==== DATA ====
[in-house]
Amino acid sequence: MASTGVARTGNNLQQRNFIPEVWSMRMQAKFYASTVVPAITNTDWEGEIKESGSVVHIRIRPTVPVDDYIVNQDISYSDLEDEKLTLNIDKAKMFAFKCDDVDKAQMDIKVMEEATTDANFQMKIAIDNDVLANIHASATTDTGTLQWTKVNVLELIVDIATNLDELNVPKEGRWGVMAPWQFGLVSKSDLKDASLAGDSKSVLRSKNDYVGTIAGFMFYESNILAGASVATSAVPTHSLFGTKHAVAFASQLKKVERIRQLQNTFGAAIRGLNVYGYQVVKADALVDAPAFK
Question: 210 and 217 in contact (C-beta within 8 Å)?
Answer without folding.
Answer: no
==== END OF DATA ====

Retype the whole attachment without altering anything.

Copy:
[in-house]
Amino acid sequence: MASTGVARTGNNLQQRNFIPEVWSMRMQAKFYASTVVPAITNTDWEGEIKESGSVVHIRIRPTVPVDDYIVNQDISYSDLEDEKLTLNIDKAKMFAFKCDDVDKAQMDIKVMEEATTDANFQMKIAIDNDVLANIHASATTDTGTLQWTKVNVLELIVDIATNLDELNVPKEGRWGVMAPWQFGLVSKSDLKDASLAGDSKSVLRSKNDYVGTIAGFMFYESNILAGASVATSAVPTHSLFGTKHAVAFASQLKKVERIRQLQNTFGAAIRGLNVYGYQVVKADALVDAPAFK
Question: 210 and 217 in contact (C-beta within 8 Å)?
Answer without folding.
Answer: no